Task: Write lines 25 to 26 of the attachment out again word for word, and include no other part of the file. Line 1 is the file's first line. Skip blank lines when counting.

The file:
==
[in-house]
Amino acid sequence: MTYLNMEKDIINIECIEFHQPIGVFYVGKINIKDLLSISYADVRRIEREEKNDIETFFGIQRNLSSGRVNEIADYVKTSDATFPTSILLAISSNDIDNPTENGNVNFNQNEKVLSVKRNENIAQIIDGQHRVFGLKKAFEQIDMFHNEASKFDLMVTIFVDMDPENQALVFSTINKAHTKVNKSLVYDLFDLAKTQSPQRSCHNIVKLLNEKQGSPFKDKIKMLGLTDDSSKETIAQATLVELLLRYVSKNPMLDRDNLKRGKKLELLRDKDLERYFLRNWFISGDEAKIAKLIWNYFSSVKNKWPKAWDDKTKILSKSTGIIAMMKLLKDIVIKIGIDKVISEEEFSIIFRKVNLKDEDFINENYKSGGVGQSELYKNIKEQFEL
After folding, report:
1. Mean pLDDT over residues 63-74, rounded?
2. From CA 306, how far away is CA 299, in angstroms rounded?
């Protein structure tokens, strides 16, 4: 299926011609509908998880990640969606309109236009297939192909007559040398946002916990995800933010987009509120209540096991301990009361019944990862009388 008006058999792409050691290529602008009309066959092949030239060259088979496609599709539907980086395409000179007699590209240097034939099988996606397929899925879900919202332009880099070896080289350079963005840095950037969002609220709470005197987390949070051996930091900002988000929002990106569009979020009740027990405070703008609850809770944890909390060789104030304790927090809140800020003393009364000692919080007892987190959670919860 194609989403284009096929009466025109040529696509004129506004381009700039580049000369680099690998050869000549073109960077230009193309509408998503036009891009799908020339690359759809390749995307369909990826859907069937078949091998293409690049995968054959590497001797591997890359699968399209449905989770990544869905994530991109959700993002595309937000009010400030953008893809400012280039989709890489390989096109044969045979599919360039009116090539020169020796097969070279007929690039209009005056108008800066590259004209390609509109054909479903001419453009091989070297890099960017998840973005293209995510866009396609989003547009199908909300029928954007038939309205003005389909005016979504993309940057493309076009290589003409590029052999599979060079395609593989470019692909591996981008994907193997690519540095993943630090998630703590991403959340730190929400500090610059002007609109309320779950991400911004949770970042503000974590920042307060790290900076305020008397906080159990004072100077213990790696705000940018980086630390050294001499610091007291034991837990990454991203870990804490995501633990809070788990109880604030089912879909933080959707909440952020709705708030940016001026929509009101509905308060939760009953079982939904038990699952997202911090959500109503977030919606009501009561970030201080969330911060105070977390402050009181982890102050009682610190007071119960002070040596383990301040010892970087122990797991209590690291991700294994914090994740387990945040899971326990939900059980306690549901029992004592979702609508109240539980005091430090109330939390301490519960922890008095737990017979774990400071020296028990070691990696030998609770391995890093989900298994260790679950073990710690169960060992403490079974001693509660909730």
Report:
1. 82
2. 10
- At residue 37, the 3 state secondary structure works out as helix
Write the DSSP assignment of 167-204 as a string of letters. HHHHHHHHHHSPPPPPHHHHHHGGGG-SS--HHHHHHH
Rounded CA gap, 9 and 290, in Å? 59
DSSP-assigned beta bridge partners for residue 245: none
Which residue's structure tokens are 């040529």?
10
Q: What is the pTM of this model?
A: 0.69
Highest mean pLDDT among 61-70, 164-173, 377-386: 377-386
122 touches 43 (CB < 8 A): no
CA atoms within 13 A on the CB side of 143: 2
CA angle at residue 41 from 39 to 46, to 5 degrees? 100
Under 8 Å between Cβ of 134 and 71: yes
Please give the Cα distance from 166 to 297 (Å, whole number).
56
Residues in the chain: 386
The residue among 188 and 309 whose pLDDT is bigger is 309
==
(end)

Residues in the chain: 386
The residue among 188 and 309 whose pLDDT is bigger is 309